After four decades of innovative programming and exhibitions exploring the intersection of art, science and technology, the University City Science Center’s Esther Klein Gallery (EKG) is celebrating its 40th anniversary with a new exhibit. Art at the Science Center: A 40-Year Retrospective will pay homage to the last 40 years of artistic programming by featuring pieces from EKG’s permanent collection and archives.
Philadelphia, PA (PRWEB) December 12, 2016
After four decades of innovative programming and exhibitions exploring the intersection of art, science and technology, the University City Science Center’s Esther Klein Gallery (EKG) is celebrating its 40th anniversary with a new exhibit. Art at the Science Center: A 40-Year Retrospective will pay homage to the last 40 years of artistic programming by featuring pieces from EKG’s permanent collection and archives. The exhibit opens on December 19th and runs through January 27th. A celebratory reception will be held at EKG, located at 3600 Market Street, on Thursday, January 26th from 5 – 7:30 p.m. Libby Newman, founder of EKG and curator of the gallery for its first 25 years, will be the guest of honor at the reception.
Art at the Science Center: A 40-Year Retrospective will feature work by R. Buckminster Fuller, Aleksandra Kasuba, James Dupree, and others. Visitors to EKG will also have an opportunity to view a short documentary film by Marie Alarcón exploring the extensive history of the gallery, including interviews with EKG stakeholders who played a role in shaping the gallery’s development over the last 40 years.
Since its inception, the Esther Klein Gallery has used the creative arts as a platform to explore the relationships between art, science and technology. The concept originated in 1975 with Dr. Randall Whaley, former President of the Science Center and an advocate of better communication between scientists and artists. In 1976, Libby Newman, chosen by Whaley to be founder and curator of the gallery, brought Whaley’s vision to life through her programming.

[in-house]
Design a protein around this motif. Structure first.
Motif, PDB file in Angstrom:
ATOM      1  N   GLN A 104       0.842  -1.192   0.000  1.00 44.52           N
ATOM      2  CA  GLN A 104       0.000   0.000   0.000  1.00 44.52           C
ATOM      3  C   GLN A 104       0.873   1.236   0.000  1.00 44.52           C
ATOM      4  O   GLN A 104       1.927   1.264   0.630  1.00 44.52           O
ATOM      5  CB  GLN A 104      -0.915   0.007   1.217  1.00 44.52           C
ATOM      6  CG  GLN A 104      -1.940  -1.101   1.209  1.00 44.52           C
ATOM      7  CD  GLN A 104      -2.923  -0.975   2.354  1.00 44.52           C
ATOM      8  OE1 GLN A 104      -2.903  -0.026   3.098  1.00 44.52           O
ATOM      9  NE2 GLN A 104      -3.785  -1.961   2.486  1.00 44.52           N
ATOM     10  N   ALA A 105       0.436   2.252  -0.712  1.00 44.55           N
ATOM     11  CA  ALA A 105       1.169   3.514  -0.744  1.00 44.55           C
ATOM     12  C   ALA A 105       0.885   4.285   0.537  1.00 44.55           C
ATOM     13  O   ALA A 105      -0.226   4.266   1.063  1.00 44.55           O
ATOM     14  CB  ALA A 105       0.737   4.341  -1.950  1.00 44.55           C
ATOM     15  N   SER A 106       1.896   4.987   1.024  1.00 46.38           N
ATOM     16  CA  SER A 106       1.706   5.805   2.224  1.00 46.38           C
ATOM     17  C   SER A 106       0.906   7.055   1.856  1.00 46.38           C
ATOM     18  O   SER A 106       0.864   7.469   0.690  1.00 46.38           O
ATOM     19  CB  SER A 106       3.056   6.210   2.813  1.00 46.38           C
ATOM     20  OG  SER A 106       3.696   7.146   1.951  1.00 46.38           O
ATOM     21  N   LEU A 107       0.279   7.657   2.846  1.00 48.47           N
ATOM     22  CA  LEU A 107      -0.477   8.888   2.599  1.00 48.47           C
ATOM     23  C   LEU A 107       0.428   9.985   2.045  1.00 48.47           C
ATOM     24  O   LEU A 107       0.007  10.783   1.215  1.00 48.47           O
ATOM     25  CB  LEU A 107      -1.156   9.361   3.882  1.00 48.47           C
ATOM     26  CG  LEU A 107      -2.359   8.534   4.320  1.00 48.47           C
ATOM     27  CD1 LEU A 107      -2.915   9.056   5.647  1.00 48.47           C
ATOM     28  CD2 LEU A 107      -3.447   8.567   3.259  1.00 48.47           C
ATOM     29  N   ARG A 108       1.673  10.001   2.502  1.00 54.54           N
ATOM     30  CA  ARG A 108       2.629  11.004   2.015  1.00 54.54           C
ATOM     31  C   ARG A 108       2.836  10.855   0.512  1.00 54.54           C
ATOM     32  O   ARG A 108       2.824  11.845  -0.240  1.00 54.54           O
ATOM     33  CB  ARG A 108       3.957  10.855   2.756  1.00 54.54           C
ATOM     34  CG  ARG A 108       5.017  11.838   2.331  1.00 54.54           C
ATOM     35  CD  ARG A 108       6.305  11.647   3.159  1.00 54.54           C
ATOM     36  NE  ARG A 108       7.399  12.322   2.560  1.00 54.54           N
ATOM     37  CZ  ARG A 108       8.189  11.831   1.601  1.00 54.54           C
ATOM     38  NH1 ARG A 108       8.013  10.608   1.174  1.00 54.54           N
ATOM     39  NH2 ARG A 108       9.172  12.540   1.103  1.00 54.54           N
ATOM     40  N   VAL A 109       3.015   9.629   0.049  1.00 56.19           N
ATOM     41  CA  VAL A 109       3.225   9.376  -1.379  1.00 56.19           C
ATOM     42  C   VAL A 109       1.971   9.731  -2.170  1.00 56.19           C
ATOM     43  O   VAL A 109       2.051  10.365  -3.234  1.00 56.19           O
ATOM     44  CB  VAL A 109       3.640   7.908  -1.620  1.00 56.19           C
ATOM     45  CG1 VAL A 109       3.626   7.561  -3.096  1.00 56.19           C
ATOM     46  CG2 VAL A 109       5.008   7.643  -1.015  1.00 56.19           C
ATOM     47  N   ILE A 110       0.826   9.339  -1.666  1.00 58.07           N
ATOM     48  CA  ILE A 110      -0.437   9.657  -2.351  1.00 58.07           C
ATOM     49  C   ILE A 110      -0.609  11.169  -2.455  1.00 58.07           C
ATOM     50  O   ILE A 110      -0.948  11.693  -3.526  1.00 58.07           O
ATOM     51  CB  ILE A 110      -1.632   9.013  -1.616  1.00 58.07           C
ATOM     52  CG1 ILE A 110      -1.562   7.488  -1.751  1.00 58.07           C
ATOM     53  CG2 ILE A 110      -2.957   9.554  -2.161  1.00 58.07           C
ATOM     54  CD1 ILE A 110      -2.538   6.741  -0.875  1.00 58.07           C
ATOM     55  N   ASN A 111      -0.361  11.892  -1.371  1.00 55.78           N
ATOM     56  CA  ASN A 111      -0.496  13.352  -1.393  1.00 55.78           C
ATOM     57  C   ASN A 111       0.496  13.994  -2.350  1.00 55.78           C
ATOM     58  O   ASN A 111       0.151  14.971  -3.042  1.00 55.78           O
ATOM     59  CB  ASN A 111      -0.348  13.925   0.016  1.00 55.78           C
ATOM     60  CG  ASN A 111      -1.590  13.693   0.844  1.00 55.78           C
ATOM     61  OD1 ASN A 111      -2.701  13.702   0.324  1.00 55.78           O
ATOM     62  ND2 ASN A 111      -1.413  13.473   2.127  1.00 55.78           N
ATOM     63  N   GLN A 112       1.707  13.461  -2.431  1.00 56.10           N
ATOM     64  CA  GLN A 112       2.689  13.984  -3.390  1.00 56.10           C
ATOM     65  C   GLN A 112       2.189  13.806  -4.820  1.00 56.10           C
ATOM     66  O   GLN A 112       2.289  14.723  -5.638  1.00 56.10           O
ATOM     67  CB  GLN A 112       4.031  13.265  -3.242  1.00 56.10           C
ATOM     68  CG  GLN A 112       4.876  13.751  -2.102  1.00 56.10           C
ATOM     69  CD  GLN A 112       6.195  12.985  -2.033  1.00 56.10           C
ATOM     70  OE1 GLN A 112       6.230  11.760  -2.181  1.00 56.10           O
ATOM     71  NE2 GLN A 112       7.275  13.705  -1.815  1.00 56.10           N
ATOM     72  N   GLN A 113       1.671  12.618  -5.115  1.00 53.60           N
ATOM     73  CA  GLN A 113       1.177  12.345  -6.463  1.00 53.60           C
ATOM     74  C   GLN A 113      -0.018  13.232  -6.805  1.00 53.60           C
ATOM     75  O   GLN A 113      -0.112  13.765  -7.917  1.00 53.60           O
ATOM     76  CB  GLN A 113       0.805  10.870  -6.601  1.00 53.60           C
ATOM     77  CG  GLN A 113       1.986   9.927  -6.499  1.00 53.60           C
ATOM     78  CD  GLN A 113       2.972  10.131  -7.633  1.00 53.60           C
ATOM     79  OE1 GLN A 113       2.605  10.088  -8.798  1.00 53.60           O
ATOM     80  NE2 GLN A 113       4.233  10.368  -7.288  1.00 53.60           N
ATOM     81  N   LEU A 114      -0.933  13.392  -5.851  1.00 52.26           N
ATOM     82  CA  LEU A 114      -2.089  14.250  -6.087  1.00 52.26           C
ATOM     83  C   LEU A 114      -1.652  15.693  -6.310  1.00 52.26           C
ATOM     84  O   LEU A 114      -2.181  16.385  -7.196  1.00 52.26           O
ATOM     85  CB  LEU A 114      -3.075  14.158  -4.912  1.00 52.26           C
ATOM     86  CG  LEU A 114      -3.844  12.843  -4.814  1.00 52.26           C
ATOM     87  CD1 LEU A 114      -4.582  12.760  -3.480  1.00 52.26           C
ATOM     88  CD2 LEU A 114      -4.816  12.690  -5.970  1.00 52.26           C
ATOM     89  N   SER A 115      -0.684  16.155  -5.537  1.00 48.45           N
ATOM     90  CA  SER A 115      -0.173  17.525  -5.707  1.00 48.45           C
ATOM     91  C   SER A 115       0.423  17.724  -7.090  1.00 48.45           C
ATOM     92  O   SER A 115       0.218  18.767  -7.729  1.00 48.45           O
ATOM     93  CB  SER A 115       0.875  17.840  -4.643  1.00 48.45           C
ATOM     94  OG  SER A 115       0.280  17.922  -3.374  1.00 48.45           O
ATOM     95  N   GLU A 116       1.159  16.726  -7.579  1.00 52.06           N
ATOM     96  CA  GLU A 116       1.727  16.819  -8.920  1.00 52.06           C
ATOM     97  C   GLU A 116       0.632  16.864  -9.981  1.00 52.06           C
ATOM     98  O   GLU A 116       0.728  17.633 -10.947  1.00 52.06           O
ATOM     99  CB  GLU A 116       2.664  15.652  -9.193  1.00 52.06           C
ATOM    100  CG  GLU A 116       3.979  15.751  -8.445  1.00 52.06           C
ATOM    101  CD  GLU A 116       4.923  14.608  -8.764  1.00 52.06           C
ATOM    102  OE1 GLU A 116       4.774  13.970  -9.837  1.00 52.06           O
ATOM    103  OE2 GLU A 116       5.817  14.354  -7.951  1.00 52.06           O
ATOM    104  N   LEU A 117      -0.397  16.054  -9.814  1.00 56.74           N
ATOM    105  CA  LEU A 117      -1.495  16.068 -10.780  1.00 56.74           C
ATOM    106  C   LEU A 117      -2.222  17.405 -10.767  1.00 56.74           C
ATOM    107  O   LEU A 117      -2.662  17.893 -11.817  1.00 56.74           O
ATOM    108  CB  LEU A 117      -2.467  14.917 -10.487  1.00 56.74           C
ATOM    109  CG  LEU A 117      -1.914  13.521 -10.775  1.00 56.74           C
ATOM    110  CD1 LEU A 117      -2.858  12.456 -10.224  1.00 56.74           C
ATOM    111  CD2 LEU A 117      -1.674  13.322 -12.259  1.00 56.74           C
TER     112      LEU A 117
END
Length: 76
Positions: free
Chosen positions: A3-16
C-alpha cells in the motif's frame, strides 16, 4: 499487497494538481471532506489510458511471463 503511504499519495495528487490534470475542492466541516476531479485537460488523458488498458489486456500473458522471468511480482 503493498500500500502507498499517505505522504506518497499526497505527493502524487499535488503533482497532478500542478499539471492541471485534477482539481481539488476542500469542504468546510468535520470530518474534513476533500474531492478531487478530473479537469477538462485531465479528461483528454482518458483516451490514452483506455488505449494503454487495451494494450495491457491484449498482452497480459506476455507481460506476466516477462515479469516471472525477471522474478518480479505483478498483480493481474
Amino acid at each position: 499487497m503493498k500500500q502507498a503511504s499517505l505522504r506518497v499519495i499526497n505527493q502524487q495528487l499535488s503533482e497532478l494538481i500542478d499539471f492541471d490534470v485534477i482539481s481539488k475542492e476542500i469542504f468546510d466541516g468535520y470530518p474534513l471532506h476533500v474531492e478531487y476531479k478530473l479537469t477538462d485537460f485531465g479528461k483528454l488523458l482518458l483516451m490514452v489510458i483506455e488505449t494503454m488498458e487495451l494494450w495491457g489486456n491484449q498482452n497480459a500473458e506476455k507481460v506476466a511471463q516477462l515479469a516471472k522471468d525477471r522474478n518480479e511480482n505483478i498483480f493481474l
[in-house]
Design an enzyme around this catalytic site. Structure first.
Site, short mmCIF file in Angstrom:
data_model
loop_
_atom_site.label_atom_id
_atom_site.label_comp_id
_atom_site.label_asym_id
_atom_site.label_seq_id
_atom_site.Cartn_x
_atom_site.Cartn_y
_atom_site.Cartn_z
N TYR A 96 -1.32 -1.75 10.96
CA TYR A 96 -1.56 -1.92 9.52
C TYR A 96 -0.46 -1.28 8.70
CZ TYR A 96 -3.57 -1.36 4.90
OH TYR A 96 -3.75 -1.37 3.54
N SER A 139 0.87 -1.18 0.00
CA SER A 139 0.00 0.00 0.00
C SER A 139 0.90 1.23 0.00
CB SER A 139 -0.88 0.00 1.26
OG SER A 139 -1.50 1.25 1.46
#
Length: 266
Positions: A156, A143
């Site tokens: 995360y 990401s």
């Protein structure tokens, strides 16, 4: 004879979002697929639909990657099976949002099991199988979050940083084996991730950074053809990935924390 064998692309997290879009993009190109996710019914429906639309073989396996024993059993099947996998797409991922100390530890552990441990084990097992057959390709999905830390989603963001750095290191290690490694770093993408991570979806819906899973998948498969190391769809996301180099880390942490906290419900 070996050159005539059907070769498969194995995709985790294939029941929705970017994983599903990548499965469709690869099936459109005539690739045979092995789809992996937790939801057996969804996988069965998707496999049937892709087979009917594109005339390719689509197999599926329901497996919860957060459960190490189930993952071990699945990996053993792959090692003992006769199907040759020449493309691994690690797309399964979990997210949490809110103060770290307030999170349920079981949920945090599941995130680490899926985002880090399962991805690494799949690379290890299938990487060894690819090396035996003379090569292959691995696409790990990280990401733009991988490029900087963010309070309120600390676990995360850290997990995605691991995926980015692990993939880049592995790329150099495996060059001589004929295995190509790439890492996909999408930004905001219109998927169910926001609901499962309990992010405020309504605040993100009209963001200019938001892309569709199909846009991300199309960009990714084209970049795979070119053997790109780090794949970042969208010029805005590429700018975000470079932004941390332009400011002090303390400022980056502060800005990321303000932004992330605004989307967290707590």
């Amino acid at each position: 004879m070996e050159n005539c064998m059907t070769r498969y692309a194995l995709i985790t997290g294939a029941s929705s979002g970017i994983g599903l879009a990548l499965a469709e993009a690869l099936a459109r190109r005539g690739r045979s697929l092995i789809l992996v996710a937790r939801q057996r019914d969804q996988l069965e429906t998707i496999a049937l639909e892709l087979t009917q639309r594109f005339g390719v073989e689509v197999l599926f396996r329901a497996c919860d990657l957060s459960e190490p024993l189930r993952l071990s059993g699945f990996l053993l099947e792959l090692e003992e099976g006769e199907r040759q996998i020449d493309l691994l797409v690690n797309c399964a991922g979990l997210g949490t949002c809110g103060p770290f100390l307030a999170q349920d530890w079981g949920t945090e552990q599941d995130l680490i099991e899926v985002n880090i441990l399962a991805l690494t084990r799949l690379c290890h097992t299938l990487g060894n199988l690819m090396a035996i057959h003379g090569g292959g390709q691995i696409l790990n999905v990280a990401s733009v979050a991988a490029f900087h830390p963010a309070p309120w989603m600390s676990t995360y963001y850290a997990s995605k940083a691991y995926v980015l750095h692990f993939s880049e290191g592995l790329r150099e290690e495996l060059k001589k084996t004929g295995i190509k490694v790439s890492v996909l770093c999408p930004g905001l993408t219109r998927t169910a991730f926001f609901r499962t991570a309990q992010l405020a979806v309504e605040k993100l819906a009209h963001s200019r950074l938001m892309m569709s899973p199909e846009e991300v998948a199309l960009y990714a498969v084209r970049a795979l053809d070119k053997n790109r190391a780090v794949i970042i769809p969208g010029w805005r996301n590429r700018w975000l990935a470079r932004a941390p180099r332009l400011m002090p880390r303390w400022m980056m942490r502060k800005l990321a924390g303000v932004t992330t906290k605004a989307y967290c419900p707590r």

In the early 1980’s, R. Buckminster Fuller, a World Fellow in Residence and inventor of the geodesic dome, was featured in a solo exhibition that included his early drawings and his then-latest invention, the 4D dymaxion book case.
“Forty years ago we had an idea that, to our knowledge, had never been attempted before,” says Libby Newman. “Our goal was to facilitate active interplay between artists and scientists. The continued success of EKG demonstrates the importance and relevance of this interdisciplinary program, and the value that manifests when art and science overlap.”
The success of these early exhibitions paved the way for what has become EKG’s primary focus on exploring the intersection between art, science and technology. To date, EKG has supported over 3,500 local, national and international artists through solo and group exhibitions. Today, the gallery maintains an ongoing calendar of dynamic programs and events that are free and open to the public.
“The decision to establish arts programming four decades ago has been one of the Science Center’s greatest experiments,” says Stephen S. Tang, Ph.D. MBA, Science Center President & CEO. “EKG’s positive impact on the cultural life of our immediate neighborhood of West Philadelphia and the broader community proves the experiment’s success.”
This exhibition is curated by Angela McQuillan of the Science Center.
About the Science Center
Located in the heart of uCity Square, the University City Science Center is a dynamic hub for innovation, and entrepreneurship and technology development in the Greater Philadelphia region. Founded in 1963 as the nation’s first urban research park, it provides business incubation, programming, lab and office facilities, and support services for entrepreneurs, start-ups, and growing and established companies. Graduate firms and current residents of the Science Center’s business incubator support one out of every 100 jobs in Greater Philadelphia and drive $12.9 billion in economic activity in the region annually. For more information about the Science Center, go to http://www.sciencecenter.org.
About the Esther Klein Gallery
The Esther Klein Gallery (EKG), which opened in 1977, uses the creative arts as a platform to explore relationships between art, science and technology. EKG seeks to positively impact the cultural life of both its immediate neighborhood of West Philadelphia and the broader Philadelphia community. EKG programming is designed to explore the range of art, science and technology exhibitions, and includes gallery talks, panel discussions, and education programs. For more information, visit http://sciencecenter.org/discover/ekg.
For the original version on PRWeb visit: http://www.prweb.com/releases/2016/12/prweb13896665.htm